CP: “Time flies here. We sprinted to the Muuto showroom to meet Mikkel and Thea from the brand for lunch (more smørrebrød) and to see the furniture. Surprisingly, we spoke about everything but fashion and design. We learned that Denmark allows paid parental leave for a total of 52 weeks. Although the popularity of their welfare model sadly seems to be declining, to say that America could learn from it would be an understatement—let’s just say we all want to defect to Denmark. I had to cut the lunch short to see the mfpen show, which was the highlight of my CPHFW—soundtracked by the likes of Fugazi and Black Flag. It felt chaotic, but in the best way possible.”

EA: “That evening, we went to the Henrik Vibskov show. He’s made some of my favorite pieces over the years, so I was particularly excited to see the collection. It was as wacky and eccentric as I’d hoped it would be, but with undertones of darkness—which felt like an obvious and necessary nod to the state of the world. It was clearly a hot-ticket show; the venue was packed. It was in the same main hall as the Rolf Ekroth show; we learned that the shows themselves must be sustainable. Namely, no carpets to walk on that just get tossed out, and if there are any props, they must be reused. We walked through the wind to dinner at Italo Disco, joined by Keel Labs co-founder Aleks Gosiewski. Italo Disco is a restaurant I wish existed in New York. The food was exceptional and homey, like being in a friend’s apartment (but sadly none of my friends cook like this). There was pasta that resembled green beans in shape and color, and a server with slicked-back hair who told us it was just her weekly treatment—but she could’ve come straight off the mfpen runway. At the end, the chef poured us a complementary digestif to accompany dessert. Everyone was so nice, but not in a cloying way. Maybe if New York also had universal healthcare and 52 weeks of paternity leave (or even, like, 12 weeks?), we could all be this content.”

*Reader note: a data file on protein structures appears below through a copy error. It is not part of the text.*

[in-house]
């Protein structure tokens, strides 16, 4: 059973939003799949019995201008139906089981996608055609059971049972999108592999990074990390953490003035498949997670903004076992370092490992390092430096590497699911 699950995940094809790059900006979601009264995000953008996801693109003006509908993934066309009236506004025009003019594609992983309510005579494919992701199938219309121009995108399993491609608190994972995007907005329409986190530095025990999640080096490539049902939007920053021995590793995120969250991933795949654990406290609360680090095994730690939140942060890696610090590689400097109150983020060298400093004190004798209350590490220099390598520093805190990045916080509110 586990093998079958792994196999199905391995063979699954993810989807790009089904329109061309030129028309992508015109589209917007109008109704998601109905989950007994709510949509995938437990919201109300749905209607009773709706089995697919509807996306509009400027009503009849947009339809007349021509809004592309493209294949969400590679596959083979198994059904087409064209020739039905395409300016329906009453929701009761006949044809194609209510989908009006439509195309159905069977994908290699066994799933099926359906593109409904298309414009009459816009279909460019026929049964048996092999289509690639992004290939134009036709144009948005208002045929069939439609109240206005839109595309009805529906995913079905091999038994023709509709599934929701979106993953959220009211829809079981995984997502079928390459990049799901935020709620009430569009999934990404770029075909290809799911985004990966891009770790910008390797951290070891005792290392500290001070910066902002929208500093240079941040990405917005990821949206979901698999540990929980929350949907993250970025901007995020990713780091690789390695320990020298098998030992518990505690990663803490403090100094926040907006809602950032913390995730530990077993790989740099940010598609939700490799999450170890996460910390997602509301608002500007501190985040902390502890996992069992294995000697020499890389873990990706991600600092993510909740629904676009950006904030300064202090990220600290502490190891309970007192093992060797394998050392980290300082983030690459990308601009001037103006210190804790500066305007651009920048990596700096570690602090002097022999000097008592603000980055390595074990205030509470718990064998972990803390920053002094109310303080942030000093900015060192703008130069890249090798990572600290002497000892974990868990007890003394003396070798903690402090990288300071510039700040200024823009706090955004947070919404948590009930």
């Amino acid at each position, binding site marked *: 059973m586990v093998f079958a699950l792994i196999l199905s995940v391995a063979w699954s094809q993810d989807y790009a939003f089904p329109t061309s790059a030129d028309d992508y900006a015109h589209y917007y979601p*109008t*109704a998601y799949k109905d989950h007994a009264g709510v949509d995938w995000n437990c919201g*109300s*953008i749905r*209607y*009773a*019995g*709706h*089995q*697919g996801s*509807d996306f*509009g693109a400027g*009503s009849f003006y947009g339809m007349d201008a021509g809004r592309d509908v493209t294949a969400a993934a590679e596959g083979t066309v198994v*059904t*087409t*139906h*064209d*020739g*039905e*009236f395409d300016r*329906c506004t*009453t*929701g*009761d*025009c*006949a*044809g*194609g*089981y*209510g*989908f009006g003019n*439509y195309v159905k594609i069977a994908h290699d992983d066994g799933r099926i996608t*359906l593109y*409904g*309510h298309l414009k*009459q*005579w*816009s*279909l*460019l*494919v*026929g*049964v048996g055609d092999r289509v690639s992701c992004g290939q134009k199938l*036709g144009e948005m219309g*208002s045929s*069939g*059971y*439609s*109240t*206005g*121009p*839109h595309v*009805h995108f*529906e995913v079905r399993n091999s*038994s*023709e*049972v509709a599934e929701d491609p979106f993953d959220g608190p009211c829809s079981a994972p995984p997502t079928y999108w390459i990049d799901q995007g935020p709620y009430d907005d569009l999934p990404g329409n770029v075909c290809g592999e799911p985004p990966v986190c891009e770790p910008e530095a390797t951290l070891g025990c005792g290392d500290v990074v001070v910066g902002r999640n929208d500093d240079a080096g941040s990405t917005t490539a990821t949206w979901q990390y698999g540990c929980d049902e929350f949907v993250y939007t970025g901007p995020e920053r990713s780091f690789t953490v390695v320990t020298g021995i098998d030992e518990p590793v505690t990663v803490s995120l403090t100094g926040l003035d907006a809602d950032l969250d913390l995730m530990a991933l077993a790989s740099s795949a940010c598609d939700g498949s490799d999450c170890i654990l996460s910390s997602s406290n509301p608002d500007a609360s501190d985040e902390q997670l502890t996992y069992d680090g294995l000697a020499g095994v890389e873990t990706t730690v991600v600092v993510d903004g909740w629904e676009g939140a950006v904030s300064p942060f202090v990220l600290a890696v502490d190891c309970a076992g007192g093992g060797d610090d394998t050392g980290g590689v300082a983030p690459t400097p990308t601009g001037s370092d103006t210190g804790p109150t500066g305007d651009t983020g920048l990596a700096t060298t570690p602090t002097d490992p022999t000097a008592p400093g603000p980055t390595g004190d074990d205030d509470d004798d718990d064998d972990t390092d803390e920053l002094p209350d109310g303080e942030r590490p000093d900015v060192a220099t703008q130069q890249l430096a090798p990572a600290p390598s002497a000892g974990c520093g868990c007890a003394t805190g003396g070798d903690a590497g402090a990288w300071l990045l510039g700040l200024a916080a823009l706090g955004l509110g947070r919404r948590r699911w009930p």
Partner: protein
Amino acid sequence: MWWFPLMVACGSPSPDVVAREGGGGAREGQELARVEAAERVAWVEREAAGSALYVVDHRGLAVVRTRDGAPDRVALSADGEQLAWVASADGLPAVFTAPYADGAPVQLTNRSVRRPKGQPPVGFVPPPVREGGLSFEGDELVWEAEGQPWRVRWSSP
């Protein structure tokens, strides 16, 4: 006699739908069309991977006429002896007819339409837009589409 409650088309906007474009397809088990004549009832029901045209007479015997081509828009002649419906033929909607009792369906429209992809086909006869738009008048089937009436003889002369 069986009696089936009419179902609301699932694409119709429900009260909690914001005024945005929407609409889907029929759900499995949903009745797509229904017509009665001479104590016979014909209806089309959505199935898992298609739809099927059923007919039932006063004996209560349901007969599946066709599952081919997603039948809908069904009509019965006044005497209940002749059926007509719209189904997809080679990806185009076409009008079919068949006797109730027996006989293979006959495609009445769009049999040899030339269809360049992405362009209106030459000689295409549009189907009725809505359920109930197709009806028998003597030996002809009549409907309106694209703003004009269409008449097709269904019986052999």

Day 4 - Thursday

Full look: Mark Kenly Domino Tan. Shoes: Miista, Coat: Acne Studio

Courtesy of Clemence Poles

Coat: Mark Kenly Domino Tan,Skirt: Caron Callahan, Shoes: Caron Callahan, Stocking: Von Eco Store,Shirt: Maria McManus

Courtesy of Erin Allweiss

CP: “I forced myself to go to the gym (I hadn’t worked out in three months), and checked out the sauna and cold plunge for the first time (I still don’t get what the fuss is all about). Despite not being jet-lagged, I blame Erin for putting me on her New York hours. The cold plunge helped with exhaustion—as did the Nobis Hotel’s breakfast. I am a sucker for buffets, which were my weekend ritual as a child. I have a hard time getting rid of my immigrant mentality, so I still revel in the fact that you just get all this food (I think the waiter somehow understood, and I felt her tenderness each morning).

“While Erin continued her store visits, I went to meet the Birrot founders—two best friends from Korea who make versatile, functional, sophisticated garments. Because sometimes we want to bike to work AND go to the cocktail party. Think Jil Sander meets Agnes B, with extremely comfortable and flattering materials.”

EA: “While Clémence met with Birrot, I popped into secondhand stores (such good offerings) before we reconvened at the Mark Kenly Domino Tan show, which was my absolute favorite discovery of the week. Insiders noted this was their comeback, and from my vantage point, they succeeded. The presentation made me rethink my approach to layering—and my entire wardrobe, to be honest. There was a white suit made from a combination of woven knit (the skirt) and wool (the jacket) that remains on my mind.

“We had lunch at the quirky plant-based Baka d'Busk, with a notably kind owner who was also our server. The entire space felt like someone’s creative vision instead of a copy-and-paste Instagram visual landscape. My coffee mug was an aged hobbit of sorts, and it worked with the vibe. The bathroom was covered in a collage, and when he asked my opinion (it was great!), he explained it’s not yet finished. As we paid the bill and walked out the door, he was painting his new Baka d’Busk sign outside.